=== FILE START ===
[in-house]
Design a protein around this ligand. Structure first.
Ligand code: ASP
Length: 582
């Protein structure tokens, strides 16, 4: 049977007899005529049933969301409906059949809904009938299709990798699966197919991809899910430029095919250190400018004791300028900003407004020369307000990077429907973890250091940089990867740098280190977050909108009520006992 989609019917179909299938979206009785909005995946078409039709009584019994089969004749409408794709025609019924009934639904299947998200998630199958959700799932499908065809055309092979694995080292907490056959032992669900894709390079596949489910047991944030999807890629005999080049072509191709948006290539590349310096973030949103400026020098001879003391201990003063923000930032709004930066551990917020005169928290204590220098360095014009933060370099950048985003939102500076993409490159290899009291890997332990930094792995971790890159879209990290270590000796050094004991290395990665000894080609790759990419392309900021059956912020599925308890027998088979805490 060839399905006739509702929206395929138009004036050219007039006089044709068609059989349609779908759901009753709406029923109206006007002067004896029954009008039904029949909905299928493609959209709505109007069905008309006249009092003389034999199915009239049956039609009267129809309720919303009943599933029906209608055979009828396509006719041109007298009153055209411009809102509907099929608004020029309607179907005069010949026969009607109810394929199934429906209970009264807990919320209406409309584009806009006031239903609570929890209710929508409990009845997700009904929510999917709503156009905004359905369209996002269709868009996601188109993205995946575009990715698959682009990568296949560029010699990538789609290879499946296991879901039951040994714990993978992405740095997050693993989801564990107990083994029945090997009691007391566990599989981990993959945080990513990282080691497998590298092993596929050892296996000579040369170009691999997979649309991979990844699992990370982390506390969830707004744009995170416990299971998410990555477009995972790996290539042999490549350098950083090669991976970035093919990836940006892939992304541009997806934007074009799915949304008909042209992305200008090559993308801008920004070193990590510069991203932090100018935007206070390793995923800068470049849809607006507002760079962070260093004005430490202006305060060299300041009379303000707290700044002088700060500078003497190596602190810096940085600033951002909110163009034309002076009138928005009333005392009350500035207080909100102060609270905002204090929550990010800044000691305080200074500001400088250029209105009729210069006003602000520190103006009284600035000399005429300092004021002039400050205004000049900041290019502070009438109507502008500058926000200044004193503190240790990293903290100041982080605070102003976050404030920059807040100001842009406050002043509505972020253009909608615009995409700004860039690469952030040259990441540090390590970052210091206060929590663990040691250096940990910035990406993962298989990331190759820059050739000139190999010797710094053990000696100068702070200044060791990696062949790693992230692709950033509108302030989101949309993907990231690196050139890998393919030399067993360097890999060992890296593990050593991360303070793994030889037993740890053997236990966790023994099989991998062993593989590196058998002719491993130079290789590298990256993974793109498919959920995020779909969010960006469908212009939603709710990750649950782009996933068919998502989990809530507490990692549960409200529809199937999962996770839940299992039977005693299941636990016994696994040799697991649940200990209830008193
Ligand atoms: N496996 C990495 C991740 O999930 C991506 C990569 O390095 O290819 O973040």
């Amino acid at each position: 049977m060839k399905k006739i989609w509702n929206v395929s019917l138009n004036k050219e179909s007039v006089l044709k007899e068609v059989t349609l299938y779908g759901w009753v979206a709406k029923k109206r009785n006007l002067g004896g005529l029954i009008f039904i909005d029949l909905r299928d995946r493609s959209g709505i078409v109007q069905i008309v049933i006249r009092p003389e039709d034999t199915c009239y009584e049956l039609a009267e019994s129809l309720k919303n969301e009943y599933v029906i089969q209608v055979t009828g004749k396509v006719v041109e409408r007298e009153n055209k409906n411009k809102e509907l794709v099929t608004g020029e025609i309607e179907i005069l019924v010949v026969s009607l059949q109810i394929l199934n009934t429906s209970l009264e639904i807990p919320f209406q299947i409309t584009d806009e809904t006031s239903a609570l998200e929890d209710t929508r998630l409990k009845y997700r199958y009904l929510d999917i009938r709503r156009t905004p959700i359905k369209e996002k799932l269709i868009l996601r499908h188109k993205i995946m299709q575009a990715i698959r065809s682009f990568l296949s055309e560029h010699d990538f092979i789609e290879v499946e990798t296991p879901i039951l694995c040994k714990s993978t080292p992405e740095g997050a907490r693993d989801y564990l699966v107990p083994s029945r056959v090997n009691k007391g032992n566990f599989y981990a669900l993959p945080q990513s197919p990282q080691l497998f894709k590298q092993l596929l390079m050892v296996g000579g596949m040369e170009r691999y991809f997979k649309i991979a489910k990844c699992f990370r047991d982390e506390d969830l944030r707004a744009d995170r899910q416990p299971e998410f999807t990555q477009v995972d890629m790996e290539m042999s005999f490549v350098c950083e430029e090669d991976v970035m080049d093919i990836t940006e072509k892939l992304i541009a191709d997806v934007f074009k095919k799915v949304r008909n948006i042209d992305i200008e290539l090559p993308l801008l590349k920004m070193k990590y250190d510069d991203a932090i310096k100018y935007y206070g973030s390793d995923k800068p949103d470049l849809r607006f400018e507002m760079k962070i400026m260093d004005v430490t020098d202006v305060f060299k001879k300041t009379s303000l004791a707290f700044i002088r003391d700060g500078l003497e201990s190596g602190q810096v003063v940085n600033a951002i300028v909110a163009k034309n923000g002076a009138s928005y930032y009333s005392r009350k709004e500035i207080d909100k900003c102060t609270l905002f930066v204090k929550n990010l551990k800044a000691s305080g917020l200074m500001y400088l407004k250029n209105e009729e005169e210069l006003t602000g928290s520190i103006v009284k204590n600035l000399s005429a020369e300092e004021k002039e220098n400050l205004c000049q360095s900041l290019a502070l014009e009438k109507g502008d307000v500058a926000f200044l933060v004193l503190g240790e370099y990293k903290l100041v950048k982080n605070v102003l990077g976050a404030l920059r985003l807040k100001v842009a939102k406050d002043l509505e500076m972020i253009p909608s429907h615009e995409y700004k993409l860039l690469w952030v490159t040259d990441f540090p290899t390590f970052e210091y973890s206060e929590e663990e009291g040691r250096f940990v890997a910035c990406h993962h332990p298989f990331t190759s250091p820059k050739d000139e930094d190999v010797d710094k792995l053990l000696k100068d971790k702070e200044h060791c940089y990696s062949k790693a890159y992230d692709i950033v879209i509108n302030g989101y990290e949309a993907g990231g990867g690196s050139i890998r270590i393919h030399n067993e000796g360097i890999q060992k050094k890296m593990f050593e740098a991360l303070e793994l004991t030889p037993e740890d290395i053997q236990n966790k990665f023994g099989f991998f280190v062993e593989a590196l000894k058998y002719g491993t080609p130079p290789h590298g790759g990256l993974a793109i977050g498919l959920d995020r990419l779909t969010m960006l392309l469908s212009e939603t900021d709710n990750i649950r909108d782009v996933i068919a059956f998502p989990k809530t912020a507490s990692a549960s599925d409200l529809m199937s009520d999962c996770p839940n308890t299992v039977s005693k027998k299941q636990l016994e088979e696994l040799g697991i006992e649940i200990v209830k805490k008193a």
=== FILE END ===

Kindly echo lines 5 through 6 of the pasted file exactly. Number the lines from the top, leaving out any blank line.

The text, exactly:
């Protein structure tokens, strides 16, 4: 049977007899005529049933969301409906059949809904009938299709990798699966197919991809899910430029095919250190400018004791300028900003407004020369307000990077429907973890250091940089990867740098280190977050909108009520006992 989609019917179909299938979206009785909005995946078409039709009584019994089969004749409408794709025609019924009934639904299947998200998630199958959700799932499908065809055309092979694995080292907490056959032992669900894709390079596949489910047991944030999807890629005999080049072509191709948006290539590349310096973030949103400026020098001879003391201990003063923000930032709004930066551990917020005169928290204590220098360095014009933060370099950048985003939102500076993409490159290899009291890997332990930094792995971790890159879209990290270590000796050094004991290395990665000894080609790759990419392309900021059956912020599925308890027998088979805490 060839399905006739509702929206395929138009004036050219007039006089044709068609059989349609779908759901009753709406029923109206006007002067004896029954009008039904029949909905299928493609959209709505109007069905008309006249009092003389034999199915009239049956039609009267129809309720919303009943599933029906209608055979009828396509006719041109007298009153055209411009809102509907099929608004020029309607179907005069010949026969009607109810394929199934429906209970009264807990919320209406409309584009806009006031239903609570929890209710929508409990009845997700009904929510999917709503156009905004359905369209996002269709868009996601188109993205995946575009990715698959682009990568296949560029010699990538789609290879499946296991879901039951040994714990993978992405740095997050693993989801564990107990083994029945090997009691007391566990599989981990993959945080990513990282080691497998590298092993596929050892296996000579040369170009691999997979649309991979990844699992990370982390506390969830707004744009995170416990299971998410990555477009995972790996290539042999490549350098950083090669991976970035093919990836940006892939992304541009997806934007074009799915949304008909042209992305200008090559993308801008920004070193990590510069991203932090100018935007206070390793995923800068470049849809607006507002760079962070260093004005430490202006305060060299300041009379303000707290700044002088700060500078003497190596602190810096940085600033951002909110163009034309002076009138928005009333005392009350500035207080909100102060609270905002204090929550990010800044000691305080200074500001400088250029209105009729210069006003602000520190103006009284600035000399005429300092004021002039400050205004000049900041290019502070009438109507502008500058926000200044004193503190240790990293903290100041982080605070102003976050404030920059807040100001842009406050002043509505972020253009909608615009995409700004860039690469952030040259990441540090390590970052210091206060929590663990040691250096940990910035990406993962298989990331190759820059050739000139190999010797710094053990000696100068702070200044060791990696062949790693992230692709950033509108302030989101949309993907990231690196050139890998393919030399067993360097890999060992890296593990050593991360303070793994030889037993740890053997236990966790023994099989991998062993593989590196058998002719491993130079290789590298990256993974793109498919959920995020779909969010960006469908212009939603709710990750649950782009996933068919998502989990809530507490990692549960409200529809199937999962996770839940299992039977005693299941636990016994696994040799697991649940200990209830008193
Ligand atoms: N496996 C990495 C991740 O999930 C991506 C990569 O390095 O290819 O973040």